Excerpt: 'Ernie: The Autobiography'

I've had quite a run. And since I can still remember most of it, I want to share some of my favorite stories and memories, and maybe give some tips to actors who are just starting out. See, I've made some great pictures, some good pictures, some not-so-good pictures, and a few out-and-out stinkers. (I have the distinction of appearing in more of the 100 Most Enjoyably Awful Movies of All Time as listed in Razzie Award–founder John Wilson's book The Official Razzie Movie Guide than any other actor—The Adventurers (1970), The Legend of Lylah Clare (1968), and The Oscar (1966), among them.

Well, they can't all be gems. But what fun they all were, and every one of them was a learning experience.

I've died onscreen almost thirty times. I've been shot, stabbed, kicked, punched through barroom doors by Spencer Tracy and Gary Cooper; pushed in front of moving subway trains, devoured by rats and a giant mutated fish; blown up in spaceships, melted down into a Technicolor puddle, jumped into a snake pit, and I perished from thirst in the Sahara Desert. I bounced around a capsized ocean liner, beat Frank Sinatra to death, impaled Lee Marvin with a pitchfork, and had my way with Raquel Welch.

Any one of those would've been worth the journey.

I've acted in westerns, comedies, war pictures, crime dramas, horror, science fiction, disaster films, and Biblical epics. I once played the head of a Viking clan. I've been bad guys, good guys, cops, crooks, murderers, mob bosses, western villains, and an Amish farmer. I've portrayed Asians, Jews, Italians (not much of a stretch), Irishmen, Swedes, and Mexicans.

Hell, I even played Satan once, in "The Devil's Rain." It wasn't hard— I just channeled some of the agents I've had over the years.

I've sustained countless injuries over the years and even survived a plane crash. I've traveled all over the world for my work; stayed in five-star hotels in Europe and in bug-infested huts in South America. I've been blessed to have worked with some of the greatest writers and directors in film history and almost four generations of stars from Clark Gable and Joan Crawford and Bette Davis to Bart Simpson and Sponge Bob SquarePants. I've seen this business change technologically from the fuzzy photography of live TV to entire movies produced on computers.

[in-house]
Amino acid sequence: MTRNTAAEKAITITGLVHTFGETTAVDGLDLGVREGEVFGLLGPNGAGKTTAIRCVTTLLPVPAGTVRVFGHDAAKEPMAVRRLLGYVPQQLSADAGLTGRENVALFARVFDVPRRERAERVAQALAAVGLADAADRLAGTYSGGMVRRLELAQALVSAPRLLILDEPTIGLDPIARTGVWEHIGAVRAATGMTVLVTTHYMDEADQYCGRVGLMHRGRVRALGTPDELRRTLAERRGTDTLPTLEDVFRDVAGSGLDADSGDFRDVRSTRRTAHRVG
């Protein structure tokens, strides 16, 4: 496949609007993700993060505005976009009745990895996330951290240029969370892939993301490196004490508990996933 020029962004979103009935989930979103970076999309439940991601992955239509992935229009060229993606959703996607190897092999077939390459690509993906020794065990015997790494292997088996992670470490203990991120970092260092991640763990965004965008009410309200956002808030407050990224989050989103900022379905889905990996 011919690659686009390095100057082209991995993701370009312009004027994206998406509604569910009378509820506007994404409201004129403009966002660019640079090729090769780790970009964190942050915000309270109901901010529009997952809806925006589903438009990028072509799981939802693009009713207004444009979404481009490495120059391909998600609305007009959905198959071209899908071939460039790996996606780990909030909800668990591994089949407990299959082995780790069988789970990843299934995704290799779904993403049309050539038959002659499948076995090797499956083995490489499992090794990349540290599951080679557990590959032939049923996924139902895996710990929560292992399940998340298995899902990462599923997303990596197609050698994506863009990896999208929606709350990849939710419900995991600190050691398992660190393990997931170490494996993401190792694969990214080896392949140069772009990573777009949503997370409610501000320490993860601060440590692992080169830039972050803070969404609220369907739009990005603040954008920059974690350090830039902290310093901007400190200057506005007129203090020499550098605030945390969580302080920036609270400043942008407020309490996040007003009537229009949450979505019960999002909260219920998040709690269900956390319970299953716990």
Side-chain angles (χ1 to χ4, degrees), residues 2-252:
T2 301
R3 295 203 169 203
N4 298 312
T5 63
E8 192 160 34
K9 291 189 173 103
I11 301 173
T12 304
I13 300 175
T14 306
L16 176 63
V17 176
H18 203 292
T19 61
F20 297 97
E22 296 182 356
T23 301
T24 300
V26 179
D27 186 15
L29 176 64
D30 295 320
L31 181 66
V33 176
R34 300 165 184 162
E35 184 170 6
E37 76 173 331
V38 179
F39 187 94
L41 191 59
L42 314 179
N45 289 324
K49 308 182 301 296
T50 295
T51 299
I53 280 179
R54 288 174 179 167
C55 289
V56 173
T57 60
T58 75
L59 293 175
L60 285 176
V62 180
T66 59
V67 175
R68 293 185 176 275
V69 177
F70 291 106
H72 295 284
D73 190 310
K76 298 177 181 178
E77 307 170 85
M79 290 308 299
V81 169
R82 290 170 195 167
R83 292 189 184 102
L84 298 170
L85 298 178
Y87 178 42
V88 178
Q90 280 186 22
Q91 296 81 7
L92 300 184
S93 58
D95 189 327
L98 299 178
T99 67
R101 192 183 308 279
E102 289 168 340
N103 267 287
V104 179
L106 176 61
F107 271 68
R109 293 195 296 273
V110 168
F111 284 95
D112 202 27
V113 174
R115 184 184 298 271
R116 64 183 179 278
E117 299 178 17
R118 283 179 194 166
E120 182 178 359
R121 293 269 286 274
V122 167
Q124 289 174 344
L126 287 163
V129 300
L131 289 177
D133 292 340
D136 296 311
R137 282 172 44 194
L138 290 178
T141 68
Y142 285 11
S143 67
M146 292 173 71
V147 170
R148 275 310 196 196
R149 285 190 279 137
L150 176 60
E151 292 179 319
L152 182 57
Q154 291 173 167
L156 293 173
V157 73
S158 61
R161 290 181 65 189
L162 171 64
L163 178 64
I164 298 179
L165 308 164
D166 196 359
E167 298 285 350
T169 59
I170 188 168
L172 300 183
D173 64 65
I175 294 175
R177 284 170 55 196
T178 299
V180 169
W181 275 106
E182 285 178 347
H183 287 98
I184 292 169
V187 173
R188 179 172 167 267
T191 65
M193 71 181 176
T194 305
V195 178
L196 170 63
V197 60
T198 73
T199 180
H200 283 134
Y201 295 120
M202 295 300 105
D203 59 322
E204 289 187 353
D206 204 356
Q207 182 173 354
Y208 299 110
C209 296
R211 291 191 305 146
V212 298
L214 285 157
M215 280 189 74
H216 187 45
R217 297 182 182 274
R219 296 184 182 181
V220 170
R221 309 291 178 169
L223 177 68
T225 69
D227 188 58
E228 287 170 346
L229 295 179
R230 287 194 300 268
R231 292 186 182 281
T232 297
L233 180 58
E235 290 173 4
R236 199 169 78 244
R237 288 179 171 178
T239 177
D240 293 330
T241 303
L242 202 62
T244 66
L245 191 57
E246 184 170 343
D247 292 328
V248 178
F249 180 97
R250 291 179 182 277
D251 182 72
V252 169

I remember when a corned-beef sandwich at Nate 'n Al Delicatessen in Beverly Hills cost 85 cents. (I don't know how much they are now— corned beef is on my look-but-don't-touch list.) When I first came out here in 1952, a house in Beverly Hills went for $30,000; today that same house would go for $5 million. Movie admission was 35 cents; today it's $10 or even $11; a bag of popcorn was a dime. Today it's $5. Once the town made westerns like Shane and The Searchers and The Magnificent Seven and had larger-than-life leading men like Gable and Cooper, Bogart and Cagney, and the tall cowboy everyone called the Duke. Today, I see our so-called movie stars in People magazine and most of them look like they belong on the FBI's Most Wanted List wall at the post office, all tattoos and body piercings.

I started working at a time when a movie cost less than half a million dollars to produce. Now a movie that costs $50 million is considered low budget.

In these pages I'll show you what Hollywood was like more than half a century ago and how it's changed, sometimes for the better, sometimes for the worse.

So grazie infinite for stopping by. Divertiti.

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